> "if you've already developed a Windows.net app, what's the benefit of moving it to a web app.?"

The benefit of a web app is nothing to install on the end-user PC.

* "PC app": PC-based application written in C#, using Windows Forms, requires the .NET runtime ... end user sees "smart" content/data on their screen ... doesn't need an internet connectino / web server ... adding a .NET graphing component to this scenario is no extra installation issue because framework is already needed/installed for the application

* "Web app": software runs on the web server, serves dumb HTML+images to the end-user's browser; in this scenario the .NET graphing component runs on the web server (not on the end-user PC, not in the end-user's browser) ... here its purpose is not to poke pixels on the end-user's screen, rather its purpose is to generate image files that can be embedded in the HTML sent to the end-user and.
Christopher Wells Send private email
Thursday, May 05, 2005
 
 
Ok,

I think I misunderstood.

So... you'll have a server-baesd app installed at one (or a very small # of) computer(s).

Then, you'll have users who access the app through a web browser. The .net app will run on the SERVER and render plain HTML pages viewable in ANY web browser, right?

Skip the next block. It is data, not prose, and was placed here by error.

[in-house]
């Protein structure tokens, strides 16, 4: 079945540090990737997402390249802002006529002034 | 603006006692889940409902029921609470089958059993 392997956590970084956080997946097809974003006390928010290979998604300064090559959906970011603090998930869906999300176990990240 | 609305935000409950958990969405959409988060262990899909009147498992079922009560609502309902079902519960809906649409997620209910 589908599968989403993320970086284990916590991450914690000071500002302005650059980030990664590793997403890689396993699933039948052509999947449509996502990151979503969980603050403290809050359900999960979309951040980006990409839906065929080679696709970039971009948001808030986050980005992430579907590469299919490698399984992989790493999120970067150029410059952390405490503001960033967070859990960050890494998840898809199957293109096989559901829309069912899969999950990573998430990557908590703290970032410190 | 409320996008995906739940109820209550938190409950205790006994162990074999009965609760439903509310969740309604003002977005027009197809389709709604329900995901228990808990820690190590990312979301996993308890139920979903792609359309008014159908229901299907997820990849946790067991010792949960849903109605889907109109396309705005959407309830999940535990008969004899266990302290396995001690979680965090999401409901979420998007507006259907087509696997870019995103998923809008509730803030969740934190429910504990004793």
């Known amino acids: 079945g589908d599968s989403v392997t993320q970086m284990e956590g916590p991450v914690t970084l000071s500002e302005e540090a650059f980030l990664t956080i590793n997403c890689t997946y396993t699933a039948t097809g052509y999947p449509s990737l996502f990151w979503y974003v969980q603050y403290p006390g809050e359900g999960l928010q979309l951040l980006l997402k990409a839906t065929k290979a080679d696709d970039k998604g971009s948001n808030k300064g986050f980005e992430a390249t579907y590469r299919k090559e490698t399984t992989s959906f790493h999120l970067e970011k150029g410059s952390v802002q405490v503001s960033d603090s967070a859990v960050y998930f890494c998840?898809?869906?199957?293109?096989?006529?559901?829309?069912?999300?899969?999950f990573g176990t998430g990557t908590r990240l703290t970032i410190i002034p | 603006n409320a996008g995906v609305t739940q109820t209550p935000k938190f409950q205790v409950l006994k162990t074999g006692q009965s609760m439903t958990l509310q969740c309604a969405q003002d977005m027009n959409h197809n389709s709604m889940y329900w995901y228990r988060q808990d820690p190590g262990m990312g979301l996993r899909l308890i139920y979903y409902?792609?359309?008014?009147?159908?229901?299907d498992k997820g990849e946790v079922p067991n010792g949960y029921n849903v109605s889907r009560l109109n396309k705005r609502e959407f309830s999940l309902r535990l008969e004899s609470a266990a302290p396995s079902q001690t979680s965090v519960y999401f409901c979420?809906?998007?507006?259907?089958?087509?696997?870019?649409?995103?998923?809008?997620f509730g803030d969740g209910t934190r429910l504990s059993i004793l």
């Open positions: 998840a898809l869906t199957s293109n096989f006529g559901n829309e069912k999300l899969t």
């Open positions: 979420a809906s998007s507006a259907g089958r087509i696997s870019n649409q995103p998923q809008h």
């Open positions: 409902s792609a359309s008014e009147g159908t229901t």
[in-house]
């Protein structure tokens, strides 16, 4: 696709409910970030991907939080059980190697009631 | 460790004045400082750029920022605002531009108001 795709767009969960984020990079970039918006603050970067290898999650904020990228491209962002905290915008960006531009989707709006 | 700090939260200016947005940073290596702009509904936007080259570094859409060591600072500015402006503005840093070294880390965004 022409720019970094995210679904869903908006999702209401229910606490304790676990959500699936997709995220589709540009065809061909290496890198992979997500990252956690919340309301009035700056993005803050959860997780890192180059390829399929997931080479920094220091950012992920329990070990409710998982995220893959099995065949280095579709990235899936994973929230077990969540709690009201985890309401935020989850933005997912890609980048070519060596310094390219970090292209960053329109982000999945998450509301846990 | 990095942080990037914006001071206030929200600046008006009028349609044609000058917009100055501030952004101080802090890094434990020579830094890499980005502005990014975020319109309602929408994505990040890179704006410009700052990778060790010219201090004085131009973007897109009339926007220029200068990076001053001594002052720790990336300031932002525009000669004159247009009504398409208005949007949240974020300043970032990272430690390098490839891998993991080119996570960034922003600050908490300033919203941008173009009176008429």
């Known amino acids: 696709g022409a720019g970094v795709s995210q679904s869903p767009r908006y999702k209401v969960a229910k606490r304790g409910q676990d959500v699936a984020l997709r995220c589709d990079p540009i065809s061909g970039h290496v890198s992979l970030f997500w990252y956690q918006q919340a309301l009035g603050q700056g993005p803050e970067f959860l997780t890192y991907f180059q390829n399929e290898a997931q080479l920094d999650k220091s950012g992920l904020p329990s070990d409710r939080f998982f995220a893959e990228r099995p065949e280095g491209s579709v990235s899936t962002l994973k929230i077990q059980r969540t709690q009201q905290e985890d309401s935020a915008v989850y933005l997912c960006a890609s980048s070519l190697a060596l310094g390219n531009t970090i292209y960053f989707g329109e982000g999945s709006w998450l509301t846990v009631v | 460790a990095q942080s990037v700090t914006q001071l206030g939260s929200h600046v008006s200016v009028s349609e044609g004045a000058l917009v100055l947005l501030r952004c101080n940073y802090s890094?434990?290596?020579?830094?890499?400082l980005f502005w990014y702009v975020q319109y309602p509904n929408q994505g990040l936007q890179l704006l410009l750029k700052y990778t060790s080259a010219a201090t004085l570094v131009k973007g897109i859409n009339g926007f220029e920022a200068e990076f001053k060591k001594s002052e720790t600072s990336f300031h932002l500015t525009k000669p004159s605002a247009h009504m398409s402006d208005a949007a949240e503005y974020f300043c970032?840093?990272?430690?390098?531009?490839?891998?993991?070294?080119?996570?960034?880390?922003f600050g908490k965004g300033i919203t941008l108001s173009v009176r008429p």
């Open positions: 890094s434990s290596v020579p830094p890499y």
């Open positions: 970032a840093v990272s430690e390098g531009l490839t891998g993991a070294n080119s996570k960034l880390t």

When you said:
"No, I think that the rest of the application is a .NET Windows Forms application, and so it can be assumed that the .Net runtime *is* already installed.
".

It made it seem like your APPLICATION, which you'd be selling, would require the .net runtime.  But, now it seems that this app will run on a server and most of your "customers" will be viewing web pages that app generates.

Once again... 90% of the argument is defining the problem (and understanding it :-)
Mr. Analogy {uISV owner} Send private email
Friday, May 06, 2005
 
 
My main concern at present is the PC-client application, not the Web application: and what the differences might be in choosing between a .NET component and an ActiveX component, for inclusion in a .NET PC client application.

When I replied to BillT I was thinking only of the PC client application, and ignoring for now any thought of a Web application.

In a .NET PC client application, the application runs on the end-user's machine. If it's a .NET application then the .NET framework is (must be) installed. Adding a .NET component to a .NET application doesn't incur any extra need for the .NET framework, because the need for the .NET framework has already been incurred, not by the component, but by the application itself.
Christopher Wells Send private email
Friday, May 06, 2005